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Six people are missing and searchers have lost the ELT signal from a De Havilland Dragon DH84 that apparently crashed after flying into clouds about 50 miles northwest of Brisbane, Australia, on Sunday. The 1934 biplane is one of only four remaining airworthy Dragons in the world. The plane, with a pilot and six passengers on board, was returning to an airport north of Brisbane after an air show about 150 miles northwest of the city. The pilot made a distress call to controllers that he had encountered clouds and needed help navigating the rest of the way home. A short time later, officials received an ELT signal in the same area as the Dragon, and they lost radio communications with the pilot. Interviews with friends of the pilot indicated that the plane probably only had basic cockpit instruments that would have made IFR flying difficult or impossible. Pilot Des Porter, 68, rebuilt the De Havilland Dragon about eight years ago. The plane was largely destroyed when it crashed in 1954, killing Porter’s father and brother, and injuring Porter himself, who was 10 at the time.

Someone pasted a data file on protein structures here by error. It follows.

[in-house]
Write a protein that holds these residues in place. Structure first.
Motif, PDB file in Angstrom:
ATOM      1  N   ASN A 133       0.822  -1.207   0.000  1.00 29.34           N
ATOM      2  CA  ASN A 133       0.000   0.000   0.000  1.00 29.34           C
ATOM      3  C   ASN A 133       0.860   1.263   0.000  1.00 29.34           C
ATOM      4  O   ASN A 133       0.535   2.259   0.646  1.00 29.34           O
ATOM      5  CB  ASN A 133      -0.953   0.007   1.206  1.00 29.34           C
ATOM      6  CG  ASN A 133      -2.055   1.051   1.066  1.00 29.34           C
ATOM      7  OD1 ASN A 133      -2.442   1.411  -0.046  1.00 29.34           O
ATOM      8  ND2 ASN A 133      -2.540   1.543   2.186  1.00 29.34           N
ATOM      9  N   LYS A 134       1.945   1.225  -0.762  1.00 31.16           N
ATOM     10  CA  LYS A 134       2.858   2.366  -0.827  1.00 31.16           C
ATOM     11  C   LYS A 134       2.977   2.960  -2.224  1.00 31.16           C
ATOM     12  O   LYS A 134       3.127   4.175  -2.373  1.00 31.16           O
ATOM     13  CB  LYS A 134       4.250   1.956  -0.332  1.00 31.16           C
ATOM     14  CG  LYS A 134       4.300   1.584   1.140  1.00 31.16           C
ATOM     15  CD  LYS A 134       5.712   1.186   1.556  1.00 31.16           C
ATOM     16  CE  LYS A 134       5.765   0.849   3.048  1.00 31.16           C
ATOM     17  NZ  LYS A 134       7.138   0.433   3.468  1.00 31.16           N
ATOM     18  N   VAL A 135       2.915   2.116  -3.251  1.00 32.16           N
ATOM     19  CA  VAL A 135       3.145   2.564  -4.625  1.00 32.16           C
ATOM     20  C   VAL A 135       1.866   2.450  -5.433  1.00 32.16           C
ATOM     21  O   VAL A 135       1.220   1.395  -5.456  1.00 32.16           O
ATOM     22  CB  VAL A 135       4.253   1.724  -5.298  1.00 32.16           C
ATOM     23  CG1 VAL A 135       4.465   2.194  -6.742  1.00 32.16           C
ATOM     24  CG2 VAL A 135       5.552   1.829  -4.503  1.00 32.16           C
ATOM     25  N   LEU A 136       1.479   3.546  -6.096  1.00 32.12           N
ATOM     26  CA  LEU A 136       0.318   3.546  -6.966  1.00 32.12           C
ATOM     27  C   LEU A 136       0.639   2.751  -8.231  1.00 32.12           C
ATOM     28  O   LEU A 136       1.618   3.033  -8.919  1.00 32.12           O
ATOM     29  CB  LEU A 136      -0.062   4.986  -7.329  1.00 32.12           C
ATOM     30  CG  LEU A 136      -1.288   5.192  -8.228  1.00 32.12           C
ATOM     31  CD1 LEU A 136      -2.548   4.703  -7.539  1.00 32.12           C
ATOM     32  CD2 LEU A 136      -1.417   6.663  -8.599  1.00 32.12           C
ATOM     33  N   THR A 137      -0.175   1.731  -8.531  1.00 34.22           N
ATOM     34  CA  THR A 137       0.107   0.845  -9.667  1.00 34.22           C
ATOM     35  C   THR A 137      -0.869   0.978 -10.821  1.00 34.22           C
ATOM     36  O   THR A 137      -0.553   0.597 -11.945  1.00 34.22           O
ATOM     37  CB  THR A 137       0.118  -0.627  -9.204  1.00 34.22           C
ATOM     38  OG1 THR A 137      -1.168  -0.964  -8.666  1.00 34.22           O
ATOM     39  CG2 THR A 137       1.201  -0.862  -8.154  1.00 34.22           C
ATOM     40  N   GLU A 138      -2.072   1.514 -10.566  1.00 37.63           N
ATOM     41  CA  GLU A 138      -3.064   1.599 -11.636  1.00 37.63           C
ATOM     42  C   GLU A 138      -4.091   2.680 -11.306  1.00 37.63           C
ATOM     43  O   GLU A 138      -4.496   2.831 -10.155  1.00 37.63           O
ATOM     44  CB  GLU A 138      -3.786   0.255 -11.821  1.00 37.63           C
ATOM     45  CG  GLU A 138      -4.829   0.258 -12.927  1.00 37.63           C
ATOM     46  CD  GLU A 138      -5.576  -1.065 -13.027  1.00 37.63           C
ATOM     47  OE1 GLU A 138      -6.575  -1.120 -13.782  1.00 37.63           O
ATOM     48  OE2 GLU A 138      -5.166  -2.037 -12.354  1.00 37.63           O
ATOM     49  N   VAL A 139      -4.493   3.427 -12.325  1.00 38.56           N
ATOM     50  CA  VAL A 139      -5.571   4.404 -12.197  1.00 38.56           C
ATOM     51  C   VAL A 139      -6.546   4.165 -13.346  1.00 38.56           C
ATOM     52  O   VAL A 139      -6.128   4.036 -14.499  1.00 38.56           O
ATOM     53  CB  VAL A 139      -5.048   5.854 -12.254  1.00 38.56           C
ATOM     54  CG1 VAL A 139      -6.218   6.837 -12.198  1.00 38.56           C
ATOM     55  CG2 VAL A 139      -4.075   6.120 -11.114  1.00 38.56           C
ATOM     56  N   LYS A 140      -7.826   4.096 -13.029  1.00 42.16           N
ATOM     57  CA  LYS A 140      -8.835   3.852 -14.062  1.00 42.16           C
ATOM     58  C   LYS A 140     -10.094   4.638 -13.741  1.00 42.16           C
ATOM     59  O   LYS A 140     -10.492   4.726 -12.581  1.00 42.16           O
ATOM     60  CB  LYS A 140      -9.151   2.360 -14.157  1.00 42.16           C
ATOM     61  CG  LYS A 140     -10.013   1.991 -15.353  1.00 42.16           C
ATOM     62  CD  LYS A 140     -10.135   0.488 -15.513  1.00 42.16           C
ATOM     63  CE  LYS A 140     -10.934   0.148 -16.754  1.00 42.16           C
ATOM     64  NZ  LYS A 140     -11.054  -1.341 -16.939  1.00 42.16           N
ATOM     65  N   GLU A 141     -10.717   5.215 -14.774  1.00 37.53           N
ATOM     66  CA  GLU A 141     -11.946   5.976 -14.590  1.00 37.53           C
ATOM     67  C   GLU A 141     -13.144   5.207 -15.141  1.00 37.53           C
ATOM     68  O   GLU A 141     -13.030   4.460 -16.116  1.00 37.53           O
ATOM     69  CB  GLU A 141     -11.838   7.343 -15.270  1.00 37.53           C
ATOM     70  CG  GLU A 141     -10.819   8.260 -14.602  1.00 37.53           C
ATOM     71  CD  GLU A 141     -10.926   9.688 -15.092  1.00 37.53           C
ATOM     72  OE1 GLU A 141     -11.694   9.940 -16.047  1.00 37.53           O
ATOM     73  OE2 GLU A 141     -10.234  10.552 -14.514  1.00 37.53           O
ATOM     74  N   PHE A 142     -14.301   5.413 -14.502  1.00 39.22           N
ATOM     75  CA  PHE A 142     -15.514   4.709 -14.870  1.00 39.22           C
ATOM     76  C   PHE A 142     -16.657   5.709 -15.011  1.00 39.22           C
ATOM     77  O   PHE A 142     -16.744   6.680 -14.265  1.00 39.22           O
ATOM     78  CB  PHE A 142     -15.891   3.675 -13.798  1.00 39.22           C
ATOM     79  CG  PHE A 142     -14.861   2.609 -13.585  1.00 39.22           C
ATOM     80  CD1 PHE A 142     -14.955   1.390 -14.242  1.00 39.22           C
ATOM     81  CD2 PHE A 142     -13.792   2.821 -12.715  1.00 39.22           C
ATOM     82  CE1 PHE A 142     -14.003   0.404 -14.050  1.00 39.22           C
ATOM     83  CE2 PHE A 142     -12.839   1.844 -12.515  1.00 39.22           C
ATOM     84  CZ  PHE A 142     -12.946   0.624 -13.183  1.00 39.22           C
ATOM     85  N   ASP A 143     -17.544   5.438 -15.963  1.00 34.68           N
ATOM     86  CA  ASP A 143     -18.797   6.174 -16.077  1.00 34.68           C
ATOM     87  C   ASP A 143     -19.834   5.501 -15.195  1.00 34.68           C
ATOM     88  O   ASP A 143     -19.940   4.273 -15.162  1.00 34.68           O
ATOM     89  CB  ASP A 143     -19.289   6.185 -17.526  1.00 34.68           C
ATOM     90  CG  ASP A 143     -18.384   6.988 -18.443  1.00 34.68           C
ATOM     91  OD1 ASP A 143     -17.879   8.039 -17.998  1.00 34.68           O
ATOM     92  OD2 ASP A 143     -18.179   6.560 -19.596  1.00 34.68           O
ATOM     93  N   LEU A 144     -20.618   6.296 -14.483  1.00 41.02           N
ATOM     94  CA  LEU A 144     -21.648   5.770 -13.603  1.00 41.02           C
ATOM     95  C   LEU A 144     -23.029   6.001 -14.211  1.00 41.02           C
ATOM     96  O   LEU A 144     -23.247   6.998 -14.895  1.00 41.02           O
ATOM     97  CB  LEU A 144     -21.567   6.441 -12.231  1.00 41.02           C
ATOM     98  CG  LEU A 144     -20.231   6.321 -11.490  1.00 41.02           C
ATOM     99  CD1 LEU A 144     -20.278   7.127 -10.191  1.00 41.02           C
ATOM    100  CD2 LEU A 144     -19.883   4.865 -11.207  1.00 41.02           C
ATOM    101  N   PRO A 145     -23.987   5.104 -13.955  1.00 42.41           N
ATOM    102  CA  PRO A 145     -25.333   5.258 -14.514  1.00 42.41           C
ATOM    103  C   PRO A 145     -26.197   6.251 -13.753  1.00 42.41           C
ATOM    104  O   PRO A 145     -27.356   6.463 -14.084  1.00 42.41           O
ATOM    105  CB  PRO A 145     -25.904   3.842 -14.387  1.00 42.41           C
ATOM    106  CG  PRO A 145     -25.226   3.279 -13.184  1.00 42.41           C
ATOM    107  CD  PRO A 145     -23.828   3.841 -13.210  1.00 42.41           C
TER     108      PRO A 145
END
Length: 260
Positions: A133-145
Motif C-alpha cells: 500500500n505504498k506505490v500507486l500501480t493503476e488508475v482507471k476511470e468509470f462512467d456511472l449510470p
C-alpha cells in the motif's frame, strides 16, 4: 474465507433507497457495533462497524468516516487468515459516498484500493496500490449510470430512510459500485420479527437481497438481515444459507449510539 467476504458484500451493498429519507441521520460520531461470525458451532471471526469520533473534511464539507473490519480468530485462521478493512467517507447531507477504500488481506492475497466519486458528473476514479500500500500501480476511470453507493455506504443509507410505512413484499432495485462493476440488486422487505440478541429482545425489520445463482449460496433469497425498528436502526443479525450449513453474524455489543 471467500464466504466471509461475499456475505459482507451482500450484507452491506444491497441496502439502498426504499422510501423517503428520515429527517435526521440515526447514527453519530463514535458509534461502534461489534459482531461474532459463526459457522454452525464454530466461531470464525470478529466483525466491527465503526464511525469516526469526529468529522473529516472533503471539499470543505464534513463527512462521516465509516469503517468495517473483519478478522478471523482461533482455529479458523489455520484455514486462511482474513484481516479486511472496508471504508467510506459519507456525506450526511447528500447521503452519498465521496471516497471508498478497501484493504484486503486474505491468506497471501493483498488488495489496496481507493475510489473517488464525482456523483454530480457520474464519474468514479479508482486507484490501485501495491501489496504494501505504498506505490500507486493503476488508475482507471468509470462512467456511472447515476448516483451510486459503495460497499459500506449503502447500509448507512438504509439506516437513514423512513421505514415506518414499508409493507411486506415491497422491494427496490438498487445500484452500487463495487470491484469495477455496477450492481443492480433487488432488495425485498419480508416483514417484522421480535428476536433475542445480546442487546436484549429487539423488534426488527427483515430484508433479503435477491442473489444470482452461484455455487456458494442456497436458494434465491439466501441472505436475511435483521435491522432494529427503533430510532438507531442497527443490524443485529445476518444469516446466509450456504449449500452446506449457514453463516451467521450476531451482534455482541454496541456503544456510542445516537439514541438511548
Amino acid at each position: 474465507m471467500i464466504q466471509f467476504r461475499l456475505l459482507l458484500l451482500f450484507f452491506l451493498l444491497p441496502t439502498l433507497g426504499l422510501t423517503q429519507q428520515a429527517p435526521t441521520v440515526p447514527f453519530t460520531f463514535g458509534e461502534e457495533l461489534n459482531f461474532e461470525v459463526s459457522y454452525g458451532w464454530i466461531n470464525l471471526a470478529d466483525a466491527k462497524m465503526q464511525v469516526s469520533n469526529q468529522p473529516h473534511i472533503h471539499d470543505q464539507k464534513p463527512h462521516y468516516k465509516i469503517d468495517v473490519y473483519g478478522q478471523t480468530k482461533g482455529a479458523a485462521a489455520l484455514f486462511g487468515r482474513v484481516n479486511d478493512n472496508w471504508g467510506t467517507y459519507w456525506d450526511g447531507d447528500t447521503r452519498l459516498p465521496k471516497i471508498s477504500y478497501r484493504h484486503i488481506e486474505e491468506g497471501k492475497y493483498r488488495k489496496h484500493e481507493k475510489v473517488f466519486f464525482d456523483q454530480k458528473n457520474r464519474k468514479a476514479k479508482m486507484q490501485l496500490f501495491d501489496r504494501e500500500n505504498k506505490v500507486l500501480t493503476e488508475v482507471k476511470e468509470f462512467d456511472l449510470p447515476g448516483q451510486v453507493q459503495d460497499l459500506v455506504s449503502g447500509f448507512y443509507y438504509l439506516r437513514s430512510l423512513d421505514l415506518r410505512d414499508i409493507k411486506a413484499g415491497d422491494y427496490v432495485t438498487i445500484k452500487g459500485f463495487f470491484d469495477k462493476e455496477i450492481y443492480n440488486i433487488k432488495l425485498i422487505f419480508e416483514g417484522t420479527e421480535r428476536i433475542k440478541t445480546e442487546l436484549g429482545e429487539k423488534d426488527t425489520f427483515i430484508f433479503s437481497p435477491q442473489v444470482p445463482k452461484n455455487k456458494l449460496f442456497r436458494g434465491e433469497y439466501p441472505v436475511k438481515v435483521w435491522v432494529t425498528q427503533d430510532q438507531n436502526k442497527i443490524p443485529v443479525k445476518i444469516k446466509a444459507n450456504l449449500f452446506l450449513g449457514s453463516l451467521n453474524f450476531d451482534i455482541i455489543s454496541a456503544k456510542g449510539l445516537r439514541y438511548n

The Yakovlev Yak-11 “Moose” (a United Nations Designation), went into service with the Russian Air Force in 1946 as a high-performance two-place advanced trainer. Continued»